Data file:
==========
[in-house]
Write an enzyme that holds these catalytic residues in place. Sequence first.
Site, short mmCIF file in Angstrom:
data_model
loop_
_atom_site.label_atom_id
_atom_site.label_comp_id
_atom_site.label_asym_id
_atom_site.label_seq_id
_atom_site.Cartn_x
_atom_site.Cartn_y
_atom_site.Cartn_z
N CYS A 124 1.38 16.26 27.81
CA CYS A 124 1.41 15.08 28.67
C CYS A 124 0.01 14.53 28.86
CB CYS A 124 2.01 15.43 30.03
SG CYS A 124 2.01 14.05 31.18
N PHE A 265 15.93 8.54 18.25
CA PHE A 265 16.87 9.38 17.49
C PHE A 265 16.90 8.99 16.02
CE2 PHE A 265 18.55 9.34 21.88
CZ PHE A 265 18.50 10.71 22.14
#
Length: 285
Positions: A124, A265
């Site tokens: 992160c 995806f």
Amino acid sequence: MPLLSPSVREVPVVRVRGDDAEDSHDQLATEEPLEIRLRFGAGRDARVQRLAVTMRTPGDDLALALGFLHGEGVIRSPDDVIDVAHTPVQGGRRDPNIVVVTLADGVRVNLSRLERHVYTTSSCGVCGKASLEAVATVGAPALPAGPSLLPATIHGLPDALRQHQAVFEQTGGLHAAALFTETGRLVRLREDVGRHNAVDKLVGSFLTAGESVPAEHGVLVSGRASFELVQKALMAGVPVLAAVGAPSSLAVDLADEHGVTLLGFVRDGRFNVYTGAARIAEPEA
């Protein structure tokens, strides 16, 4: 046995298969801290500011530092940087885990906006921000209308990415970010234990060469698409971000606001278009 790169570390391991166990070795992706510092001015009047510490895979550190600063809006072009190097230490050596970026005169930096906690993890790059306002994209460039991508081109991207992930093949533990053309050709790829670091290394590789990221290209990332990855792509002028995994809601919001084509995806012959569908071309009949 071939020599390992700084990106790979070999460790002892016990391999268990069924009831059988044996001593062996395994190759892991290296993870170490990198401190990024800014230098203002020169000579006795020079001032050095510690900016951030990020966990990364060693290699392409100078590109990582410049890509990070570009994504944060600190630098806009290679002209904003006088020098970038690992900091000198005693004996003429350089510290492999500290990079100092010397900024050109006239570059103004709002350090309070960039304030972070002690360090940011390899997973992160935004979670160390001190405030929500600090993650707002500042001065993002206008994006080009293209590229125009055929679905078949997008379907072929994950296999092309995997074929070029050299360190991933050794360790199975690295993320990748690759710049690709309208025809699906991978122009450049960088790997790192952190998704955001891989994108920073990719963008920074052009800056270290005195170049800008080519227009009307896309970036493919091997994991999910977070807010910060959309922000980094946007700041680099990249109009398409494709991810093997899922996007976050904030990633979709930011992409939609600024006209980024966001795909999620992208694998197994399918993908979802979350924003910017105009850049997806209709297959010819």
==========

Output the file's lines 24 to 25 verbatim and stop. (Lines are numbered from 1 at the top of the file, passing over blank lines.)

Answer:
Length: 285
Positions: A124, A265